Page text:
Review: Zondervan Illustrated Bible Backgrounds Commentary (OT)
Zondervan Illustrated Bible Backgrounds Commentary: OT (ZIBBCOT for short) is out this month. I’ve had its companion set on the New Testament for a number of years now, and it’s out every time I’m working on a passage that it covers.
This five-volume series contains over two thousand photographs, drawings, maps, diagrams and charts. It’s written by an outstanding cast of contributors – for instance, Daniel Block on Judges and Tremper Longman III on Proverbs, exactly the people you would want. Scot McKnight calls it the “commentary set of the year,” writing:
The only way I can put it is this: every church and every pastor and ever seminarian, especially those who are evangelical, will want this commentary series within arm’s reach on his or her desk. There is nothing like it – and we all know commentaries repeat one another endlessly – and this one doesn’t.
I have a review copy of Volume 5: The Minor Prophets, Job, Psalms, Proverbs, Ecclesiastes, Song of Songs. The book is beautiful and wouldn’t look out of place on a coffee table. Pictures are on almost every page. For instance, Amos 7:9 says, “The high places of Isaac will be destroyed.” The commentary on this section includes a sidebar explaining what high places were, and it even includes a picture. When Proverbs mentions lots, the commentary includes pictures of ancient dice. The Songs of Ascent in the Psalms (120-134) are accompanied by a picture of ancient steps ascending to an area of Jerusalem.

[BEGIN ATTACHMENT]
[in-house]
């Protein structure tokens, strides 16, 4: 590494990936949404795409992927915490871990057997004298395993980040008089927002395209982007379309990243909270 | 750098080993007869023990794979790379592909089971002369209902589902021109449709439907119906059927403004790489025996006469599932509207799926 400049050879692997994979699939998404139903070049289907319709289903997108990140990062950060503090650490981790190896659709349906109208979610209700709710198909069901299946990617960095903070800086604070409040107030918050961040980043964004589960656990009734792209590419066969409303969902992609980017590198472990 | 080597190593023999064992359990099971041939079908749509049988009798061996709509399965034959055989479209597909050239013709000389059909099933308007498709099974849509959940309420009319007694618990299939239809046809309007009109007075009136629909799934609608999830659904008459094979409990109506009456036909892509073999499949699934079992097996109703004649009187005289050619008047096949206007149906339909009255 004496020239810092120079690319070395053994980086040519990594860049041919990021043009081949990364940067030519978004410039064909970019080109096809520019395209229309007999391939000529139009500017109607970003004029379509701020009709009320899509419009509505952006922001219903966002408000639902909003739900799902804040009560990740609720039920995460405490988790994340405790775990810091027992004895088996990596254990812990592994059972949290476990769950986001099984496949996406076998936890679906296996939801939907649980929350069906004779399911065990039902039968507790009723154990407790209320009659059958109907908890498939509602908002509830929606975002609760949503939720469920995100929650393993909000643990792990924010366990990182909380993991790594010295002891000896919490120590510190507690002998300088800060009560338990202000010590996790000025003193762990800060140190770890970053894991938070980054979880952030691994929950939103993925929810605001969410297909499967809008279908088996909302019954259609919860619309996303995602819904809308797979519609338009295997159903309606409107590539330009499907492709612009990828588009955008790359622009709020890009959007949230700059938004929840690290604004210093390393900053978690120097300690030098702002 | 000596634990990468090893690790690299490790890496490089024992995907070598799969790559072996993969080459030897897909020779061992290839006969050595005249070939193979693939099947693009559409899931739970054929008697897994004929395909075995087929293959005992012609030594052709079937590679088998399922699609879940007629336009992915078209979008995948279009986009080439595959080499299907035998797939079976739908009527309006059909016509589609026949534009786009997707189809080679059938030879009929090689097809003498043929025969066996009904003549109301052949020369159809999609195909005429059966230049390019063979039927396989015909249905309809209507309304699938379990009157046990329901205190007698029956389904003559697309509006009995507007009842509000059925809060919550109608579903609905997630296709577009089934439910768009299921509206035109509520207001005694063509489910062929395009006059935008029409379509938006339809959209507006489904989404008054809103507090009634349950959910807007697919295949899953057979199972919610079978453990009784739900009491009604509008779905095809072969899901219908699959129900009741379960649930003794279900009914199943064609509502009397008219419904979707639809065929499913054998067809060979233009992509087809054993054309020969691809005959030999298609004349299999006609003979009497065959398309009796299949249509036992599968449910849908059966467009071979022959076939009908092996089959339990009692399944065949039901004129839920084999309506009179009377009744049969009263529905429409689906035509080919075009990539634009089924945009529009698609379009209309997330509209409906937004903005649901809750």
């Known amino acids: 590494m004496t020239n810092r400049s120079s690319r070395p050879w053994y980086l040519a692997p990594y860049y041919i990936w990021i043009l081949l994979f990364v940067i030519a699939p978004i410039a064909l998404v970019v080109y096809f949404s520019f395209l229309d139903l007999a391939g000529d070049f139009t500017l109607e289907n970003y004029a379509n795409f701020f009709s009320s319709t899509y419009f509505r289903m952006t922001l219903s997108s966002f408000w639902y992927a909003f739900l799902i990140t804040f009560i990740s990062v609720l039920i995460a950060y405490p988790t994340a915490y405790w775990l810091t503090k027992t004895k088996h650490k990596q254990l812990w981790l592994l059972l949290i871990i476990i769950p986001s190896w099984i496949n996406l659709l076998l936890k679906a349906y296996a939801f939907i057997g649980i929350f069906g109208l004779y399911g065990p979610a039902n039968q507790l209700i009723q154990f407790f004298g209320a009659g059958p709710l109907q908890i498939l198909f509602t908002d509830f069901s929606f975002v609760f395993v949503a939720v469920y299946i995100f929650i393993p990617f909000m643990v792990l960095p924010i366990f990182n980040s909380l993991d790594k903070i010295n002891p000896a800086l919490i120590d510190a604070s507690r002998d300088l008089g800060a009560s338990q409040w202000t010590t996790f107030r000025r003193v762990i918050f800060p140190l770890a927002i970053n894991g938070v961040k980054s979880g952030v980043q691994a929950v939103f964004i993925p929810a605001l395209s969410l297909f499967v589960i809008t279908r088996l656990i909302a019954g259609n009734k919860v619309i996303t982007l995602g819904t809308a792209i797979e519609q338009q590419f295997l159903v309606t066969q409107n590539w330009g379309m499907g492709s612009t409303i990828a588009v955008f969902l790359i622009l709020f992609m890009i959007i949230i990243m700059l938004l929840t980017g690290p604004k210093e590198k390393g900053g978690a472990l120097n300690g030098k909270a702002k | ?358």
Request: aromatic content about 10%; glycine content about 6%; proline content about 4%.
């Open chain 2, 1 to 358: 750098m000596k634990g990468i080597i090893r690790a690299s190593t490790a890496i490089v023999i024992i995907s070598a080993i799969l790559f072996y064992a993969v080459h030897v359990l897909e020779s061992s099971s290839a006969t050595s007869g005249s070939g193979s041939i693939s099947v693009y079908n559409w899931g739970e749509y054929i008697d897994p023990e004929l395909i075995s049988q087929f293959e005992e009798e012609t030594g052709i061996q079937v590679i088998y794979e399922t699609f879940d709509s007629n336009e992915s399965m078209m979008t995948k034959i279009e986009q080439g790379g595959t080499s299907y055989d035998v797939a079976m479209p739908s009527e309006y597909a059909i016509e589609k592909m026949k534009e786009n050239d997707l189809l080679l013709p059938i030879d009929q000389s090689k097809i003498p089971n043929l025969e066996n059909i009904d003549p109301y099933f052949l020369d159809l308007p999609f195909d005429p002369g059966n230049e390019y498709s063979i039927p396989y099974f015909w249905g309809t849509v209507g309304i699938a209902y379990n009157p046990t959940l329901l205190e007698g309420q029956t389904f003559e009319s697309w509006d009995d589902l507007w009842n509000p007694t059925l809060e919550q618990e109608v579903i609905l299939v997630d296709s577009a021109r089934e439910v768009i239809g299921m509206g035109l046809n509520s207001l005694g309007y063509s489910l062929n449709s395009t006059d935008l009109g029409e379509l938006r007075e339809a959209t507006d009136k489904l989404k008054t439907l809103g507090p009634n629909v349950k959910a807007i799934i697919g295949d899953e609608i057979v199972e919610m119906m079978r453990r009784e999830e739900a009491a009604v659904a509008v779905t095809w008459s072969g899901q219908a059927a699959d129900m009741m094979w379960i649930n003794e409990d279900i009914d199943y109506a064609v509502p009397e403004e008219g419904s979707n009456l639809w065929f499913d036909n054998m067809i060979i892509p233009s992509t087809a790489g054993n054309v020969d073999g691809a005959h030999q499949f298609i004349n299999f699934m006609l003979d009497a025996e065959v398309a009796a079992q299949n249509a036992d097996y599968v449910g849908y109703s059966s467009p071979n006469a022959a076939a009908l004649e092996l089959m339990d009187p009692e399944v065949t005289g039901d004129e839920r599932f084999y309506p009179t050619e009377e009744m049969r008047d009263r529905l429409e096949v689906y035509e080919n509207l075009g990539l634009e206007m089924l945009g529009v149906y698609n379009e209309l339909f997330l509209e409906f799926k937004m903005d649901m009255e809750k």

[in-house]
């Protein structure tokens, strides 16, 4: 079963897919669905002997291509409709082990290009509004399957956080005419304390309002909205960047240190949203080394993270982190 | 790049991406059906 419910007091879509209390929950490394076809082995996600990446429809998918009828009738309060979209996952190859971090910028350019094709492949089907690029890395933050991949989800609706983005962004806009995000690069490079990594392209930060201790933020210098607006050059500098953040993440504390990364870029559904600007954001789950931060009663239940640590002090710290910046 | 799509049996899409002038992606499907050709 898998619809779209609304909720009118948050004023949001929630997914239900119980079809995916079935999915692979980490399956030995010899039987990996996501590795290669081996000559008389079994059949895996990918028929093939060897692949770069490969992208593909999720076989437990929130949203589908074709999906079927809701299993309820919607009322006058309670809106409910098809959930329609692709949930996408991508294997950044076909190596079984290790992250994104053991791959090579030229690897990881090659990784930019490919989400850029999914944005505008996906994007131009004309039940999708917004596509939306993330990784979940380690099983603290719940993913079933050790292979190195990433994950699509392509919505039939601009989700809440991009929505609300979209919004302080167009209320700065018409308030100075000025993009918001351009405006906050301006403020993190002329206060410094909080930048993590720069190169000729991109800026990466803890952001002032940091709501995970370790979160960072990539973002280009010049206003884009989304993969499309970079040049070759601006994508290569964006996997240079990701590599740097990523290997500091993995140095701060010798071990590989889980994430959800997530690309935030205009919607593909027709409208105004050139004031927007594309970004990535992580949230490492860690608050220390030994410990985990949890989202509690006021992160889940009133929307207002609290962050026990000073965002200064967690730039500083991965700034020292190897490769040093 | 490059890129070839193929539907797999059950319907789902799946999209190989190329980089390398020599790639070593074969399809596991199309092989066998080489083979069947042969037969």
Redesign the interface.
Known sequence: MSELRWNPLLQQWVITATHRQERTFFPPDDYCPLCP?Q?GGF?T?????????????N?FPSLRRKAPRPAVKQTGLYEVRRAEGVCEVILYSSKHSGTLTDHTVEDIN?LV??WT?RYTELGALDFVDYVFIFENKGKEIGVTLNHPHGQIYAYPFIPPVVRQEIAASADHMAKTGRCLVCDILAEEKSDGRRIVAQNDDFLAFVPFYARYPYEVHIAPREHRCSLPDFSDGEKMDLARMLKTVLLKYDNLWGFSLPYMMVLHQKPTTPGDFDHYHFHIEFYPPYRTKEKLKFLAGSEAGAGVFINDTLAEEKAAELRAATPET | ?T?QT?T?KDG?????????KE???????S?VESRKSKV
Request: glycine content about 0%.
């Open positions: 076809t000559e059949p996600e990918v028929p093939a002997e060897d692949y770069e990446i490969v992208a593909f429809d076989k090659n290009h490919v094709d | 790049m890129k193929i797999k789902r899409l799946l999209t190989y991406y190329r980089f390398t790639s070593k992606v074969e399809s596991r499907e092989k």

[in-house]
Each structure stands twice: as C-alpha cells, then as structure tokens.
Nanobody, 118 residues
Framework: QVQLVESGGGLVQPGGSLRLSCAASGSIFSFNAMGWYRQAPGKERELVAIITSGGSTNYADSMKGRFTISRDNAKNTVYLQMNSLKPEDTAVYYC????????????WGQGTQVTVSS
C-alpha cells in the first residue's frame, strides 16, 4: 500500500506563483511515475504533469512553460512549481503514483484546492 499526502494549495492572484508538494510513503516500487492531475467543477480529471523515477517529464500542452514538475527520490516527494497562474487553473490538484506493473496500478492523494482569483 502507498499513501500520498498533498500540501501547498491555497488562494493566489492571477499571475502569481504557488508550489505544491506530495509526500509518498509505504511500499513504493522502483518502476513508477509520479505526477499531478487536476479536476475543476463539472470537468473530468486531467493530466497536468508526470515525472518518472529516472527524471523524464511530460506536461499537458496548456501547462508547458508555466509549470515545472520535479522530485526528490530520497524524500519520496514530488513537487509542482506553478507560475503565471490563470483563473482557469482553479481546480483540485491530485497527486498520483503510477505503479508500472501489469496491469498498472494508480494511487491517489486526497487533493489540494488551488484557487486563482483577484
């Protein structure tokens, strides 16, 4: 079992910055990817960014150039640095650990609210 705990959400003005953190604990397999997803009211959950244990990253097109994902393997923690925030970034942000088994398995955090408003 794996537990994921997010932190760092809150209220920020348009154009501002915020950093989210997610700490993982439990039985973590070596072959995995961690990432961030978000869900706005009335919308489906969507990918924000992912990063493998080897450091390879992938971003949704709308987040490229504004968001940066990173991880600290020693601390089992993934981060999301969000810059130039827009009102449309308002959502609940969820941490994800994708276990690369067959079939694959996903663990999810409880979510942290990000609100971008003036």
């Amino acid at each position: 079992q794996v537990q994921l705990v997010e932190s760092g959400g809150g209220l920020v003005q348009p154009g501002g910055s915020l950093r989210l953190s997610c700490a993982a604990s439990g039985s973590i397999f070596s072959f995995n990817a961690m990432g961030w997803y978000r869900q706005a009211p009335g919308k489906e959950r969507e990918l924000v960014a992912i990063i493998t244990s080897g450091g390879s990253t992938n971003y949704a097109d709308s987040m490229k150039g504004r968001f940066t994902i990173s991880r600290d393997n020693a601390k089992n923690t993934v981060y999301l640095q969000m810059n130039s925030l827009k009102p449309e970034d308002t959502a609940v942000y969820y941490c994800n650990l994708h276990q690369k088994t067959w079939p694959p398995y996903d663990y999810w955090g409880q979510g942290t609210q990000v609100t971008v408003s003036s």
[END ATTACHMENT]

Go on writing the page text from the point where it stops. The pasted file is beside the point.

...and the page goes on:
This isn’t an exegetical commentary. It’s designed to present archaeological findings, historical explanations, geographic insights, and notes on manners and customs. It doesn’t necessarily try to communicate the main thought of each passage or even highlight the interpretative issues raised. Instead, it focuses on providing historical and cultural context. This is incredibly valuable, especially since we’re historically and culturally removed from Old Testament texts. Yet it’s important to understand what this commentary series does and doesn’t do. It doesn’t replace other types of commentaries or, of course, our own work.
You could lose yourself for hours in one of these volumes without even knowing it. That’s one of the things I love about it. It’s just fun to read.
I’ll be getting the rest of this series. If you’re interested in learning more, check out the video below or head over to Amazon. You can also find the set on Logos prepub, but not at a discount.